For Ledecky, the win continues an electric meet in her first long course outing since moving from Stanford, California to Gainesville, Florida to train under Anthony Nesty. She won in 1:55.47, which is just half-a-second off what she swam at the Olympic Games over the summer.
Ledecky added this win to two earlier victories: 4:00.51 in the 400 free and 8:12.81 in the 800 free. Setting aside the impact of the pandemic, all three times are better than Ledecky was at the 2019 US Open.
|2019 US Open||2021 US Open|
Erin Gemmell, daughter of Ledecky’s former coach Bruce Gemmell, finished 2nd in 1:58.61, which shaved .06 seconds off her previous best time. She still remains the 10th-fastest American all-time in the 15-16 age group.
Men’s 200 Free – Final
- World Record – 1:42.00, Paul Biedermann, Germany (2009)
- American Record – 1:42.96, Michael Phelps (2008)
- US Open Championship Record – 1:45.92, Townley Haas, USA (2019)
- Trey Freeman, Florida – 1:57.90
- Hoe Yean Khiew, Malaysia – 1:49.00
- Oskar Lindholm, Florida – 1:50.63
- Thomas Heilman, Cavalier Aquatics – 1:51.47
- Gus Borges, PRVT – 1:52.07
- Welson Wee Sheng Sim, Malaysia – 1:52.61
- Isaac Weigel, Unattached – 1:52.63
- Zach Ward, BKYS – 1:52.82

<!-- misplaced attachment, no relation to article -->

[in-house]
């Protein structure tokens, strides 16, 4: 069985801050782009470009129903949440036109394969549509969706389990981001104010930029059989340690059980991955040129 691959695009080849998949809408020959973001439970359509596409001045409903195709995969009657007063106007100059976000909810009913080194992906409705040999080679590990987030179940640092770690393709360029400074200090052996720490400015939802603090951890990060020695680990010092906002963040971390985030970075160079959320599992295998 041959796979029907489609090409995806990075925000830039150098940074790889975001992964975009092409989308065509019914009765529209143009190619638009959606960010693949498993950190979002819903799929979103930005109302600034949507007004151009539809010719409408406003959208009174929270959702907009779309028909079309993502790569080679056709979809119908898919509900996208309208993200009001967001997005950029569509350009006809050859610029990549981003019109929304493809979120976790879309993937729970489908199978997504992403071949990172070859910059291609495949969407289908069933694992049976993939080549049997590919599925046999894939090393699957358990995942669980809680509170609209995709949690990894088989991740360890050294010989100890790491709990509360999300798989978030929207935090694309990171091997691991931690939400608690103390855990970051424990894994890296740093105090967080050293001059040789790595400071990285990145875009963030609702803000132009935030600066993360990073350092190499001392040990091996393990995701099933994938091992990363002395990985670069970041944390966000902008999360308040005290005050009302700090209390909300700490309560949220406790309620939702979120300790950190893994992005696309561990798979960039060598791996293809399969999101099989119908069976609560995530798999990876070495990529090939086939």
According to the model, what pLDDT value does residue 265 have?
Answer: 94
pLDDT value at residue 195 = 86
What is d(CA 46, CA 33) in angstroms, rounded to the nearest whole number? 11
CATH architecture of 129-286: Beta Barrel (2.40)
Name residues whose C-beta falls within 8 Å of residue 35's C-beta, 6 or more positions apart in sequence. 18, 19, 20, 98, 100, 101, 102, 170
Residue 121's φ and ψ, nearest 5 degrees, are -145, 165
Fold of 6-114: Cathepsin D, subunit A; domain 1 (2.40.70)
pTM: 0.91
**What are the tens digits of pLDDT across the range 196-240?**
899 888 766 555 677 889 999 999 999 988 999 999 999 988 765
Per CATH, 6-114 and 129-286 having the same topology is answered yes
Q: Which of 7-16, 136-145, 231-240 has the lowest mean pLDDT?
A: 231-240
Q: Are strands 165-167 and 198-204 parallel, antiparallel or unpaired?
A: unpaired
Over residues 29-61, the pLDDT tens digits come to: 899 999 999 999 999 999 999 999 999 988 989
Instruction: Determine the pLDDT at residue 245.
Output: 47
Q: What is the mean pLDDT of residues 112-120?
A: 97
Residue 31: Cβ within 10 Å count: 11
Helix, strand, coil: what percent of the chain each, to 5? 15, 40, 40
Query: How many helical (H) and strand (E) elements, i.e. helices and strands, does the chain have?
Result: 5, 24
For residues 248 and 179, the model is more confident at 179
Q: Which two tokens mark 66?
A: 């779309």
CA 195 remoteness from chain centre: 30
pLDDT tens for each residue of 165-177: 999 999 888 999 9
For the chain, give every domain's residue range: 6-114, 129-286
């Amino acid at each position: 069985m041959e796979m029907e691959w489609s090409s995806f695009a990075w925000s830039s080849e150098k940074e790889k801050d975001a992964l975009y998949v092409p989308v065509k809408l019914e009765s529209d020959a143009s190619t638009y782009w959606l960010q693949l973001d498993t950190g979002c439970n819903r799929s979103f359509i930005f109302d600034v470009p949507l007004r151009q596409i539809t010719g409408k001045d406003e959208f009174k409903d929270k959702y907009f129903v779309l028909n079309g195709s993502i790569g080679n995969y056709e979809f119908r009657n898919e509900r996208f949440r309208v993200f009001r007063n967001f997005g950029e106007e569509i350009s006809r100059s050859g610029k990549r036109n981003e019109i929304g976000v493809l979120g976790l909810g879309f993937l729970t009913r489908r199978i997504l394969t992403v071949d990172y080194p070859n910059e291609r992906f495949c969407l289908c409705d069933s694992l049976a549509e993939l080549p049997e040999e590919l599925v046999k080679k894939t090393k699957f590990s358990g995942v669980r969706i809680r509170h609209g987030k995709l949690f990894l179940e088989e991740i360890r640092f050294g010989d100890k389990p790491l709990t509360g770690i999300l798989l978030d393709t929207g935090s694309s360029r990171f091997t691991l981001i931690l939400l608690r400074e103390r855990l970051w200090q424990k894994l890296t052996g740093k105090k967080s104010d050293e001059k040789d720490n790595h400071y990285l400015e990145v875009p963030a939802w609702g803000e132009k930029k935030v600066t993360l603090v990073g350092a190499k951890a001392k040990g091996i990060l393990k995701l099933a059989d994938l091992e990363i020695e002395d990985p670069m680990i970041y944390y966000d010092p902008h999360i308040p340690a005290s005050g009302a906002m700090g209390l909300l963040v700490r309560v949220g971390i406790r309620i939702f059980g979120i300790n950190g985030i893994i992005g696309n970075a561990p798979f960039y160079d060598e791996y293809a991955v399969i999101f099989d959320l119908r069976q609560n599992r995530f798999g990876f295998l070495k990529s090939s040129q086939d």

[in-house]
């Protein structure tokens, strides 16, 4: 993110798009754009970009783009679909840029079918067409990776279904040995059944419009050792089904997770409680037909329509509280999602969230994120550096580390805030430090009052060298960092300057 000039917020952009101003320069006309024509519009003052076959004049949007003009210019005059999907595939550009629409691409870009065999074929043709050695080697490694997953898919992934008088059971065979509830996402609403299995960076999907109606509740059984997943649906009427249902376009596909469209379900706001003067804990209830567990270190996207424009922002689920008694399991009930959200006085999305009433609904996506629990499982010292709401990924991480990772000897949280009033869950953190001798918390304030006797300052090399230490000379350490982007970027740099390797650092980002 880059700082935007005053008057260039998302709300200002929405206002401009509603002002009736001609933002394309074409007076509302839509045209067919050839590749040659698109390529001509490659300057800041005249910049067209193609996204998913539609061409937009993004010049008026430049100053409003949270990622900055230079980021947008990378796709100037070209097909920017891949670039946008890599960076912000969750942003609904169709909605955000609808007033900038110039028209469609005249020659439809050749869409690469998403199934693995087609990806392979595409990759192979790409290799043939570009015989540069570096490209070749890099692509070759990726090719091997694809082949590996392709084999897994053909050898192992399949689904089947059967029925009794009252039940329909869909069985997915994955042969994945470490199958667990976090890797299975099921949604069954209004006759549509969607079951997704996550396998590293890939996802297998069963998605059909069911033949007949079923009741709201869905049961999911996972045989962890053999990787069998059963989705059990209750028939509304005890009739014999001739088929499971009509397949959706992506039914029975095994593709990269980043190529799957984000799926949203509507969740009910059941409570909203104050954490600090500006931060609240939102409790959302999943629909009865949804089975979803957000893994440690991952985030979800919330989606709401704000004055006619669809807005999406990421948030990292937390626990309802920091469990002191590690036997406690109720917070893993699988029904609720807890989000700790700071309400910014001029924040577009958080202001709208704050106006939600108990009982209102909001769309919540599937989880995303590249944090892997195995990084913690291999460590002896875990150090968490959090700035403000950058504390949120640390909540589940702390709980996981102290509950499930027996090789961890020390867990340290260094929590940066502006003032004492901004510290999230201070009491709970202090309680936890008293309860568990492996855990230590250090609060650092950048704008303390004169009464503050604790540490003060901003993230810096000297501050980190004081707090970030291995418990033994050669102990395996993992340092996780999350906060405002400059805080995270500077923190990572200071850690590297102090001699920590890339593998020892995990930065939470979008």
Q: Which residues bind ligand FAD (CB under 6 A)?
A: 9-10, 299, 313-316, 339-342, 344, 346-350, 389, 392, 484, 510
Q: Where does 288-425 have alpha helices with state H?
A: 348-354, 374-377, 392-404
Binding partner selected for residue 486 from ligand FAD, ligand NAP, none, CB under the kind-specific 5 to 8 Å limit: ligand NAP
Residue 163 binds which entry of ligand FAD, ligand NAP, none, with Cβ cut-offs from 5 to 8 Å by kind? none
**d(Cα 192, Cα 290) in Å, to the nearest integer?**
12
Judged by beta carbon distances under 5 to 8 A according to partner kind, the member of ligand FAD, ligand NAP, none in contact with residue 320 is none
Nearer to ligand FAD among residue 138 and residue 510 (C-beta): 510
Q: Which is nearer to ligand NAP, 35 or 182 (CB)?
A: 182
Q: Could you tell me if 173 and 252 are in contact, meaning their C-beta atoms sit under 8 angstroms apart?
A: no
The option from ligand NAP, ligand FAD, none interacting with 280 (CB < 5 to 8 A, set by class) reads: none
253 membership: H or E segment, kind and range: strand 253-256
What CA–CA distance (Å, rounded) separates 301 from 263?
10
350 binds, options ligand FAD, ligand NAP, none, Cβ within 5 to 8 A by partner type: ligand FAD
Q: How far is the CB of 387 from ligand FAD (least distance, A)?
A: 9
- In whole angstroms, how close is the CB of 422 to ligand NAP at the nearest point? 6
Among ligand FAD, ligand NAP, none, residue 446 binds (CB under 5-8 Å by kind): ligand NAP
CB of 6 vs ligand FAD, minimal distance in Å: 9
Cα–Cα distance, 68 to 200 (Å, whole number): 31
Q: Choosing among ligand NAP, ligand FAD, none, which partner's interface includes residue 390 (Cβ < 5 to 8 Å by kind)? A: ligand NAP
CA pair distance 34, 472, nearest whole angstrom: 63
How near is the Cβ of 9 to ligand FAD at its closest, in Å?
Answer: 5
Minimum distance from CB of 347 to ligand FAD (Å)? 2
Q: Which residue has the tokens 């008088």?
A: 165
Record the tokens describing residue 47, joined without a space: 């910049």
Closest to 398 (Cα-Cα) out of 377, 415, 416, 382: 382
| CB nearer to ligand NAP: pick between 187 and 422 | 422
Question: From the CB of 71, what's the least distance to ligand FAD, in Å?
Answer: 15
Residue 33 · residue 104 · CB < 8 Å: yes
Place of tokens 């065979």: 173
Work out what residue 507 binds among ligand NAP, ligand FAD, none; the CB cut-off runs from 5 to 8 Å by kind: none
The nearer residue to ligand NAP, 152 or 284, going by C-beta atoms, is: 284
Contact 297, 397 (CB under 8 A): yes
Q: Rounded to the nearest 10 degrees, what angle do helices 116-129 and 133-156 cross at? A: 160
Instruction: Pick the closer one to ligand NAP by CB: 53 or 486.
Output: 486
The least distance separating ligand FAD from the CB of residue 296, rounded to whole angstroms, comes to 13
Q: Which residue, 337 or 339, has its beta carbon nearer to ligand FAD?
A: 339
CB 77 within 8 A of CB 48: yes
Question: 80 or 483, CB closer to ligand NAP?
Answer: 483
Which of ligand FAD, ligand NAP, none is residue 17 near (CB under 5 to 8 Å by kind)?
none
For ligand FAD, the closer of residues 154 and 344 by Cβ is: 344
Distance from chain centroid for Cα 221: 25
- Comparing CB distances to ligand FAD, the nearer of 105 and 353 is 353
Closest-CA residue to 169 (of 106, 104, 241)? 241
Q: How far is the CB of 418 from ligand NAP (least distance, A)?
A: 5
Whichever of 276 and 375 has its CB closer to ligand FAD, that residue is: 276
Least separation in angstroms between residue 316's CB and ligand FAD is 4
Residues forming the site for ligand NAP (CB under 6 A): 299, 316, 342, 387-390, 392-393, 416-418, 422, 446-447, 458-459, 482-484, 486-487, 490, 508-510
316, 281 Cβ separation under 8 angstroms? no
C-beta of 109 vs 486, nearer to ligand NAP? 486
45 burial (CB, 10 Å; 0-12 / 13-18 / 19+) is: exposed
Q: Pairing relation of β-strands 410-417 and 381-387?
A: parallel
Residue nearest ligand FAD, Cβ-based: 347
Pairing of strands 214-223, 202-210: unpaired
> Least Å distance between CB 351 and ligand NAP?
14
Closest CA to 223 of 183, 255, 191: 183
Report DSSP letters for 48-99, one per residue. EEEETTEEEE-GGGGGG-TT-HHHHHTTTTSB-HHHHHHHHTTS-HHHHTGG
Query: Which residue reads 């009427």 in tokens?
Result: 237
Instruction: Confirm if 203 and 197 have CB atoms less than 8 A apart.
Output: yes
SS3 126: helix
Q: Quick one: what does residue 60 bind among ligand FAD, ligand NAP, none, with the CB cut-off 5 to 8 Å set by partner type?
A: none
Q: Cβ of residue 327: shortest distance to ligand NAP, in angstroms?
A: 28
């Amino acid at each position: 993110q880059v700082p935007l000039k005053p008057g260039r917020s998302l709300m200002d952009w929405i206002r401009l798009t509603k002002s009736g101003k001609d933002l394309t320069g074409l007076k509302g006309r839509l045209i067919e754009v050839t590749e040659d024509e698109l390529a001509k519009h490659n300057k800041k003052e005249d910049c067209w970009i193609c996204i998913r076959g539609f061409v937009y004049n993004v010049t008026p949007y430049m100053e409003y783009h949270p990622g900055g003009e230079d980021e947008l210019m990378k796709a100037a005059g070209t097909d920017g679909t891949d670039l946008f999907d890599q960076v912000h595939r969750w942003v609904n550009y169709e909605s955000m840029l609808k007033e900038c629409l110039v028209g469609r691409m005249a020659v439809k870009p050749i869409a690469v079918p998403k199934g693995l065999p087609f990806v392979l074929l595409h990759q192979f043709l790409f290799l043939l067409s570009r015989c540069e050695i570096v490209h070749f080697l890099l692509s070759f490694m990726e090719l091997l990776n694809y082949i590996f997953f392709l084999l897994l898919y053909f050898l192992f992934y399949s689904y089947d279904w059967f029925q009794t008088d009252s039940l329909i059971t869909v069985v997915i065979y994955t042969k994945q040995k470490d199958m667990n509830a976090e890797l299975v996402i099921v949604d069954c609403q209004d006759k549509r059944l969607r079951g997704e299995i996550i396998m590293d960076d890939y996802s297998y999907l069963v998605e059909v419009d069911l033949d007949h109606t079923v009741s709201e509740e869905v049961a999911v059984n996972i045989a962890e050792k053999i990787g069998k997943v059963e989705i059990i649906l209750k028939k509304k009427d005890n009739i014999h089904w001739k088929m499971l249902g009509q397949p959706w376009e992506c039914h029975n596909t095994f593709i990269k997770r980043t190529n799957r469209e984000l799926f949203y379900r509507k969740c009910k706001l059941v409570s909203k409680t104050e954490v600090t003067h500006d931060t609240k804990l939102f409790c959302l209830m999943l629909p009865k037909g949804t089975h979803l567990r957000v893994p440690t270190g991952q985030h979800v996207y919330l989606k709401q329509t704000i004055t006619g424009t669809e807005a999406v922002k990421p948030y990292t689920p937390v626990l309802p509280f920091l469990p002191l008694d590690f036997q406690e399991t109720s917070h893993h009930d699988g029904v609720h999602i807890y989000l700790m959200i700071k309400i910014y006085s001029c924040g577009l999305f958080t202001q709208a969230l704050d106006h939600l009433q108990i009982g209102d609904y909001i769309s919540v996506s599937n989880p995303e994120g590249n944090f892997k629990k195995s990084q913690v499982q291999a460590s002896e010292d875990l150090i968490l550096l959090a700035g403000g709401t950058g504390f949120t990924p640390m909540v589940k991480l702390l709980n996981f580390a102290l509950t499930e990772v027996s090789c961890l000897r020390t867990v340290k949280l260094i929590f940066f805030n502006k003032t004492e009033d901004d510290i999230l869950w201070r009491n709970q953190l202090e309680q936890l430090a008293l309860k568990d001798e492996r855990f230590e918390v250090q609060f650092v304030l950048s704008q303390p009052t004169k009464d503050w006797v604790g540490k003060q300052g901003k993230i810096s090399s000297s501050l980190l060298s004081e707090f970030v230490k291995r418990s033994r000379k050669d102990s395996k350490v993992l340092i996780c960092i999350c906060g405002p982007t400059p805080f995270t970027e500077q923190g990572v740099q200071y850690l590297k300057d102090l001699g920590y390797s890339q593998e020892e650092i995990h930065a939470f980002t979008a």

The men’s 200 free saw another University of Florida win, the 4th on the day, with this one coming from Trey Freeman in 1:47.90.
That time just-missed his best of 1:47.70 set at the 2018 Summer Nationals, but was his first time under 1:48 since that meet. He was 1:48.2 in May 2021, and 1:49.5 at June’s Olympic Trials.
Women’s 100 Breast – Final
- World Record – 1:04.13, Lilly King, USA (2017)
- American Record – 1:04.13, Lilly King (2017)
- US Open Championship Record – 1:04.45, Jessica Hardy, USA (2009)
- Hannah Bach, Ohio State – 1:09.01
- (TIE) Jinq en Phee, Malaysia/Tylor Mathieu, Florida – 1:10.28
- Ahryoung Kim, Korea – 1:10.85
- Grace Rainey, SwimMAC Carolina – 1:10.89
- Bella Cothern, Arkansas – 1:11.34
- Bradi Jones, Arkansas – 1:11.53
- Marizel van Jaarsveld, Unattached – 1:12.56
Ohio State junior Hannah Bach grabbed the first national win of her career in the women’s 100 breaststroke, touching in 1:09.01. That’s about 1.1 seconds slower than her lifetime best in the event.
There was a tie for 2nd in that race between Malaysian veteran Jinq En Phee and Florida’s Tylor Mathieu in 1:10.28. 16-year old Korean swimmer Ahryoung Kim placed 4th in 1:10.85.
Men’s 100 Breast – Final
- World Record – 56.88, Adam Peaty, Great Britain (2019)
- American Record – 58.14, Michael Andrew (2021)
- US Open Championship Record – 59.28, Andrew Wilson, USA (2019)